Mechanisms of Cardiovascular Disease

High risk coronary plaque
A multimodality approach combining CT, OCT, IVUS, PET and histology with information on inflammation and shear stress has identified “high risk” coronary plaques that are at risk for rupture. Current efforts focus on whether this high risk CT phenotype can identify the patients at greatest risk for cardiovascular events.

Napkin Ring Sign (NRS) on coronary CT (left panels) with histologic correlation (right panel). NRS is a high risk plaque
feature associated with cardiovascular events.

Maurovich-Horvat P et al. Comprehensive plaque assessment by coronary CT angiography. Nat Rev Cardiol 2014;11(7):390-402.

Puchner SB et al. High-risk plaque detected on coronary CT angiography predicts acute coronary syndromes independent of significant stenosis in acute chest pain: results from the ROMICAT-II trial. J Am Coll Cardiol 2014;64(7):684-92.

Amygdalar, arterial, and bone-marrow uptake of F-FDG in individuals with and without subsequent cardiovascular disease events.

 

Axial views of amygdala (upper left and right), coronal views of aorta (middle left and right), and coronal views of bone marrow (lower left and right) are shown. .⁸F-FDG uptake was increased in the amygdala, bone marrow, and arterial wall (aorta), in a patient who experienced an ischemic stroke during the follow-up period (right) compared with a patient who did not (left). .⁸F-FDG=.⁸F fluorodeoxyglucose. SUV=standardised uptake value. TBR=target-to-background ratio. Tawakol et al Lancet 2017.

In this first study to link regional brain activity to subsequent cardiovascular disease, amygdalar activity independently and robustly predicted cardiovascular disease events. Amygdalar activity is involved partly via a path that includes increased bone-marrow activity and arterial inflammation. These findings provide novel insights into the mechanism through which emotional stressors can lead to cardiovascular disease in human beings.

Tawakol A et al. Relation between resting amygdalar activity and cardiovascular events: a longitudinal and cohort study. Lancet 2017.

Coronary plaque and arterial inflammation in HIV
Multi-modal, multi-tissue imaging provides a unique opportunity to evaluate pathological disorders that involve multiple tissues and organs. One recent example of such imaging is in the evaluation of mechanisms linking HIV infection to atherosclerosis. Studies from our group demonstrated that the increased risk of cardiovascular events in HIV may be due to increased arterial inflammation on PET and coronary plaque on CT. Several on-going RCTs are assessing the impact of complementary therapies on arterial inflammation on PET and atherosclerotic plaque structure on CT in HIV.

Subramanian S et al. Arterial inflammation in patients with HIV. JAMA 2012;308(4):379-86.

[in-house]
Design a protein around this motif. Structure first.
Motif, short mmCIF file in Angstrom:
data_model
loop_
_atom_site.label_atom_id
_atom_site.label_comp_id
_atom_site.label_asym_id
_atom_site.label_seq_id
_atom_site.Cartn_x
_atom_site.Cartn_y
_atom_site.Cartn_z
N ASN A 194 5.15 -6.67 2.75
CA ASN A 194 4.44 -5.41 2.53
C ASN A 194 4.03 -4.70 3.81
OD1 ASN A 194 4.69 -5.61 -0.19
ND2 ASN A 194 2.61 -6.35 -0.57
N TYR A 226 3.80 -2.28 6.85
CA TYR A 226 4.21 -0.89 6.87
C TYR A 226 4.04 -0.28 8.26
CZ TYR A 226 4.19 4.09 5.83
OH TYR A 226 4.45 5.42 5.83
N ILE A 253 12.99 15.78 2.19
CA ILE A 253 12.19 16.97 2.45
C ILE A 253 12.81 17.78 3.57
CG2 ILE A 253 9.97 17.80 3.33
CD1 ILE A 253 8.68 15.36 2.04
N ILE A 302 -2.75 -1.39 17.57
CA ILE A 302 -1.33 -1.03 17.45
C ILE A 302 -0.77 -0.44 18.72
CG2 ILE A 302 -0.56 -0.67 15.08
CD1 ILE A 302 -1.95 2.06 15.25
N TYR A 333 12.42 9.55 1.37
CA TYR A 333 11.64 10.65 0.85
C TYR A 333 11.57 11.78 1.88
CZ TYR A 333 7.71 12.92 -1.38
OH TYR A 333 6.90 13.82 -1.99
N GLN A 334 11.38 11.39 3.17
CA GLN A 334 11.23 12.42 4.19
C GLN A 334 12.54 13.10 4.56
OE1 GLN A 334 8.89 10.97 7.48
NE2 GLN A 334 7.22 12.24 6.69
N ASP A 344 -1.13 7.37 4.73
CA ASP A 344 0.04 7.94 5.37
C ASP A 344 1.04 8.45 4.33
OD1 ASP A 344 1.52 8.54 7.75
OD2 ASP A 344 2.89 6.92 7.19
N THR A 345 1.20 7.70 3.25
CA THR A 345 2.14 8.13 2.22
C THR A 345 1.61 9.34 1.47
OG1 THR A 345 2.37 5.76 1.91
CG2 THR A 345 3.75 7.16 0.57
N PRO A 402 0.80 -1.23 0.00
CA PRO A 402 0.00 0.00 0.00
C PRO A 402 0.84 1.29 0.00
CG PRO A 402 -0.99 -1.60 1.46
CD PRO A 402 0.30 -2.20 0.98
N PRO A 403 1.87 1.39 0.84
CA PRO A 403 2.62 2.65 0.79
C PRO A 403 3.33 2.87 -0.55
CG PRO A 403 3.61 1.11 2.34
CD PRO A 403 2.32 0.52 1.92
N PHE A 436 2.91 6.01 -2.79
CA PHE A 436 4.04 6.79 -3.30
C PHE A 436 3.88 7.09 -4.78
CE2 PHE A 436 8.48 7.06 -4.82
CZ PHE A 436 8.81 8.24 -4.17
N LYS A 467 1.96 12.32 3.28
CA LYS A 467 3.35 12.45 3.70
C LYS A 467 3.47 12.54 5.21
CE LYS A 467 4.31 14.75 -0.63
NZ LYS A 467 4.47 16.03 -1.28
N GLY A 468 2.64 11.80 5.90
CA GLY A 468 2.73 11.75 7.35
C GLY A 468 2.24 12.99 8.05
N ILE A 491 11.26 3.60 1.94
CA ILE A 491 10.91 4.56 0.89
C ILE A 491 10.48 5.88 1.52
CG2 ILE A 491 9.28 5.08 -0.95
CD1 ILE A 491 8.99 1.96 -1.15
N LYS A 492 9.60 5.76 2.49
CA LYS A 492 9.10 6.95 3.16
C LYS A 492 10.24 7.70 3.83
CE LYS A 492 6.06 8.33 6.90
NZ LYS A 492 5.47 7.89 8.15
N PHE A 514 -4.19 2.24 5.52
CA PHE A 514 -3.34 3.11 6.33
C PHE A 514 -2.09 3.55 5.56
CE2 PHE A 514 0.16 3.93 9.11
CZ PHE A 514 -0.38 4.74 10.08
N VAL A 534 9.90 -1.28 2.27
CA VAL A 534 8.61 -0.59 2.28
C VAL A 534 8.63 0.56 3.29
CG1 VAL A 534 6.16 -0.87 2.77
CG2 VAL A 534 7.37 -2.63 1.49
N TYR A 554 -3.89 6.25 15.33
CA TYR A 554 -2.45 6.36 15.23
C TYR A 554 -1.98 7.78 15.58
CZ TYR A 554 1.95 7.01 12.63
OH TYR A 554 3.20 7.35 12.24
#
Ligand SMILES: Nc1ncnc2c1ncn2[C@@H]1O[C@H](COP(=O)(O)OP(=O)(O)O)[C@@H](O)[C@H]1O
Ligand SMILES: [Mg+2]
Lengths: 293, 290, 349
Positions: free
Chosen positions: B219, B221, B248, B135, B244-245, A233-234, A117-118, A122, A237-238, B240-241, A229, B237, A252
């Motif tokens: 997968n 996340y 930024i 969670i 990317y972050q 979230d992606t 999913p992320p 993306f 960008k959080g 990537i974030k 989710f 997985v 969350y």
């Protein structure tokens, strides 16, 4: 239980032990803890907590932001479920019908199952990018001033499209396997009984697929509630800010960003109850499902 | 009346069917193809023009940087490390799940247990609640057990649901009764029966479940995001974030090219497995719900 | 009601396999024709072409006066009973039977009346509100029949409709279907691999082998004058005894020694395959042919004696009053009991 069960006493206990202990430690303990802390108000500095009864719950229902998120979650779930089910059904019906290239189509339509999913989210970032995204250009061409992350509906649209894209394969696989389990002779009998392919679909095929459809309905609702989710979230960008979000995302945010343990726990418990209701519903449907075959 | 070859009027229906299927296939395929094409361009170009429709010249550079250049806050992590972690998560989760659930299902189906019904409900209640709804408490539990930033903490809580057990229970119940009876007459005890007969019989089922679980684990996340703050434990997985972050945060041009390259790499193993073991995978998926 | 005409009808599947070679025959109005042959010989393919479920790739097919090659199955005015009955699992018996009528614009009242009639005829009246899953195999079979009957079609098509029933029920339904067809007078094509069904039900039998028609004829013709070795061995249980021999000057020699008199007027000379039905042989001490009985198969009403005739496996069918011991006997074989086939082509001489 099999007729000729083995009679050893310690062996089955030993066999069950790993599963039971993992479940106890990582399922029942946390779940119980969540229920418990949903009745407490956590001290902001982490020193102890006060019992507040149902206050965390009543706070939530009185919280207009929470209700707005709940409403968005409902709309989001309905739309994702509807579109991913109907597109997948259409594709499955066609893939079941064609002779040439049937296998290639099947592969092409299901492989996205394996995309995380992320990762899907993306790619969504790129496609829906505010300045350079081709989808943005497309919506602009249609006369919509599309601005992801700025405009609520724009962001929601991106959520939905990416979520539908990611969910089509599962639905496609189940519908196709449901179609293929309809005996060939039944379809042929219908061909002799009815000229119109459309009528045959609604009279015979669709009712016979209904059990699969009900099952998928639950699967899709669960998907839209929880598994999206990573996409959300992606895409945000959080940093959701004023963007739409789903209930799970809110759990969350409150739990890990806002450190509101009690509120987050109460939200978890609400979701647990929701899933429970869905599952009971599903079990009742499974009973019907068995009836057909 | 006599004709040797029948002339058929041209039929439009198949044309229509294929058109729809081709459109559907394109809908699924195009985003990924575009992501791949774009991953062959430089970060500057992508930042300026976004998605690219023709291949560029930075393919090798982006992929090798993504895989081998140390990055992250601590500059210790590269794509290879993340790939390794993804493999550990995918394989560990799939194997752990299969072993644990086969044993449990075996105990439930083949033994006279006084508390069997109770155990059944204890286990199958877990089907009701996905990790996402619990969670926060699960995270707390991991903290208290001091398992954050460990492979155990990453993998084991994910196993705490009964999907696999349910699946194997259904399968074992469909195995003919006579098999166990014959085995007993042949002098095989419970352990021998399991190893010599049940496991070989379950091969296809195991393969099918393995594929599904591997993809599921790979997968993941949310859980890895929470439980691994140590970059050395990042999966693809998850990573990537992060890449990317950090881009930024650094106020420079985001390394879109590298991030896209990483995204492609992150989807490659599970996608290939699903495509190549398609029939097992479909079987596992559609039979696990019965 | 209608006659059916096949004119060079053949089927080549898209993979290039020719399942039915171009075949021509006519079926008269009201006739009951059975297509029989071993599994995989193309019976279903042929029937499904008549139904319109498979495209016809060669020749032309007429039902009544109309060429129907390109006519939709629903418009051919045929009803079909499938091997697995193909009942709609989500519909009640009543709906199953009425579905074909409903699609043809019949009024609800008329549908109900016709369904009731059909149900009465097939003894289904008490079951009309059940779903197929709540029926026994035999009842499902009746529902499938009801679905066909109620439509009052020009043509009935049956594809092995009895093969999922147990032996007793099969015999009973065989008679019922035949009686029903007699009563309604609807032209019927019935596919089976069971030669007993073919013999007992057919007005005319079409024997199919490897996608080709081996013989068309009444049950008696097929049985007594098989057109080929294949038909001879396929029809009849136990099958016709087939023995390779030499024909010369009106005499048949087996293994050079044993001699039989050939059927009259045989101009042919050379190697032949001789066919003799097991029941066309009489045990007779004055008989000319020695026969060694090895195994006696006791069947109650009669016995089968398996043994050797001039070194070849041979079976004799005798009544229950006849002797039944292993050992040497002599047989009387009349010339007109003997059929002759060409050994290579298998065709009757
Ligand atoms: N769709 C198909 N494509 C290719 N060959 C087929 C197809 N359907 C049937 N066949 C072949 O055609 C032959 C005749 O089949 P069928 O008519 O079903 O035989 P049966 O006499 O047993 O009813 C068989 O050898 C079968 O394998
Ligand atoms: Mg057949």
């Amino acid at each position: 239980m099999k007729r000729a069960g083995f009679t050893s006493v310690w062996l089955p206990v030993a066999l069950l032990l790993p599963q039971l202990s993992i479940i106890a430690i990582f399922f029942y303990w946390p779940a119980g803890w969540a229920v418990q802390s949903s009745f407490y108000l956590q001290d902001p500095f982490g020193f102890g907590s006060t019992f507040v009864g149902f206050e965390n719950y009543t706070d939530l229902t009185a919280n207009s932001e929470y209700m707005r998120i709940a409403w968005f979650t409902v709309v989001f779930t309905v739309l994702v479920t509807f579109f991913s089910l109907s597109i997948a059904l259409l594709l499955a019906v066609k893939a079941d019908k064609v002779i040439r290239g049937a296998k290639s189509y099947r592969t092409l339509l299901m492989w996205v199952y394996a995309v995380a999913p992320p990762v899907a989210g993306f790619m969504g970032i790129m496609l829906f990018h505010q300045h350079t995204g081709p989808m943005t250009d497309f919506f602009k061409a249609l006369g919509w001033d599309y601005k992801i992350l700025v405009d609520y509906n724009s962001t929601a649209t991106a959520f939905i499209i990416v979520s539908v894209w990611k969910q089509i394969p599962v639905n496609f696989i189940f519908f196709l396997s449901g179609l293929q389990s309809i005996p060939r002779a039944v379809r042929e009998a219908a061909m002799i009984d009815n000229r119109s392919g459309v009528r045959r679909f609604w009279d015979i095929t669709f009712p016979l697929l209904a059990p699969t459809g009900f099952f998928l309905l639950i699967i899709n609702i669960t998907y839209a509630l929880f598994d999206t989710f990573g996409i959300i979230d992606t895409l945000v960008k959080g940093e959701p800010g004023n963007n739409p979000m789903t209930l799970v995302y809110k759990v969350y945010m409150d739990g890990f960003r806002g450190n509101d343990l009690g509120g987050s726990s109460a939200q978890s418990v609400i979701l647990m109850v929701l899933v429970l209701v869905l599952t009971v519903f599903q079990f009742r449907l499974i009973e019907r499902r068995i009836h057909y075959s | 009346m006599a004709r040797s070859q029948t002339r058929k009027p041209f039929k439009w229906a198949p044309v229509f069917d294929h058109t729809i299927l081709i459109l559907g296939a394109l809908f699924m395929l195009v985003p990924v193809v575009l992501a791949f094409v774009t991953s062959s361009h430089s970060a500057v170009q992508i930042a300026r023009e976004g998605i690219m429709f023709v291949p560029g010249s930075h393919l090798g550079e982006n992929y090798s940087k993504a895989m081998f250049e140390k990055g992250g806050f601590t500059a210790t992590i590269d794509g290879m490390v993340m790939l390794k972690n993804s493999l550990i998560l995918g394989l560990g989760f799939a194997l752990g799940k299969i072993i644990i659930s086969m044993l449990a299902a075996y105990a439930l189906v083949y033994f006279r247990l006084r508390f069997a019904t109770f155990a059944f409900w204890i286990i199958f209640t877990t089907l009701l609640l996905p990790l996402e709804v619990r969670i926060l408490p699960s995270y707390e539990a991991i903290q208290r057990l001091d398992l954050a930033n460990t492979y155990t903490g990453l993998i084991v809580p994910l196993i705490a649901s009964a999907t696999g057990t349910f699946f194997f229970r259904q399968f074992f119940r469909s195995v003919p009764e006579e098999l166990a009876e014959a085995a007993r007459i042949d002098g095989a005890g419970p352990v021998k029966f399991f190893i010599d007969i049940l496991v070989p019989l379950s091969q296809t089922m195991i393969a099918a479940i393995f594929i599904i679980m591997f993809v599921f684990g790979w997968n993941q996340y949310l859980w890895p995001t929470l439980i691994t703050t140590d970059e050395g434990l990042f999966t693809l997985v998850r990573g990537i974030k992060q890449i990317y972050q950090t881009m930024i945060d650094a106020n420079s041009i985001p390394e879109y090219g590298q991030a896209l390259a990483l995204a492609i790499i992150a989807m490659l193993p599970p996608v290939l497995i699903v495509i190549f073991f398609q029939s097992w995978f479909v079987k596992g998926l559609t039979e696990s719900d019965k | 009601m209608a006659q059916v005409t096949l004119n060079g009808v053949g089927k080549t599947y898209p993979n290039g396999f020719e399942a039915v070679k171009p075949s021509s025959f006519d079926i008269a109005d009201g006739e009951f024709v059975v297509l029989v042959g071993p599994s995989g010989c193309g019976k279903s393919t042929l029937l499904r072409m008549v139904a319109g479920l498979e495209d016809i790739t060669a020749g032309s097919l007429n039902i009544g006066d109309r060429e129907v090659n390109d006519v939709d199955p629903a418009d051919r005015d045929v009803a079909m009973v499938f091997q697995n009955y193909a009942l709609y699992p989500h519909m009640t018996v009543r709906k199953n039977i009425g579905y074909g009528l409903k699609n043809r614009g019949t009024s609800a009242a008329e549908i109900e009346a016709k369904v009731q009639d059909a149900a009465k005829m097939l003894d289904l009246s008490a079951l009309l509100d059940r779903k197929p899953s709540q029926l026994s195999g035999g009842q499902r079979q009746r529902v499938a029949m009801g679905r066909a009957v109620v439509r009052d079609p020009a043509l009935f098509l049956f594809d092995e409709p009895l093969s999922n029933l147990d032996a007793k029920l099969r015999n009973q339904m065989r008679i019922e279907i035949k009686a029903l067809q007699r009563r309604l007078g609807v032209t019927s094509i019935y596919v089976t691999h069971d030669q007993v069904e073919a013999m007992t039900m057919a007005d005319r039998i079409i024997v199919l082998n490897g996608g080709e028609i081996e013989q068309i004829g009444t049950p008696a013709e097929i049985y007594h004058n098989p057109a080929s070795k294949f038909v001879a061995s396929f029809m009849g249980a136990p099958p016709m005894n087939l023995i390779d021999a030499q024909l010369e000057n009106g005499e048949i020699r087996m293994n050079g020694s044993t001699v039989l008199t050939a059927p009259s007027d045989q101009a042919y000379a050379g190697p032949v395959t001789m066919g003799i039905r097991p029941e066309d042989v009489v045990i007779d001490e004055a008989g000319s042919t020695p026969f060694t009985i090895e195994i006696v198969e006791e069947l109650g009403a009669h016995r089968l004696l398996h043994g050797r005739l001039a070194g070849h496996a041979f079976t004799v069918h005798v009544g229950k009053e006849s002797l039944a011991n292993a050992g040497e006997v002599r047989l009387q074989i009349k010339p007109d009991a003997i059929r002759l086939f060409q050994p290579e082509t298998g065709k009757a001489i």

Zanni MV et al. Effects of antiretroviral therapy on immune function and arterial inflammation in treatment-naive patients with human immunodeficiency virus infection. JAMA Cardiol 2016;1(4):474-80.

The figure shows positron emission tomography,
computed tomography images of the carotid arteries
following left carotid field radiotherapy. The patient had
a TIA from a critical left common carotid stenosis and
angiographic pre- and post-intervention are also shown.

Carotid plaque and the risk of stroke after radiation therapy
There is an increased risk of stroke after radiation therapy for head and neck cancer. The mechanisms for the increased risk of stroke are unclear but data suggest a pathway from an increase in inflammation leading to accelerated atherosclerosis (Image). Multi-modal, multi-tissue imaging provides a unique opportunity to characterize this pathway from inflammation to atherosclerosis, to identify the risk factors that drive atherosclerosis and to consider interventions that may reduce the risk of stroke in this vulnerable population.

The risk of heart failure among persons living with HIV
There is an increased risk of heart failure among individuals living with HIV. The mechanisms for the increased risk are not completely clear but data suggest a pathway from increased intramyocardial fat and fibrosis leasing to stiffening of the myocardium and diastolic function. However, these mechanisms are poorly characterized. We are using a combination of tissue characterization techniques with MR to better characterize these pathological mechanisms among persons living with HIV.

Janjua et al, HIV Infection and Heart Failure Outcomes in Women. J Am Coll Cardiol. 2017 Jan 3;69(1):107-108.

 

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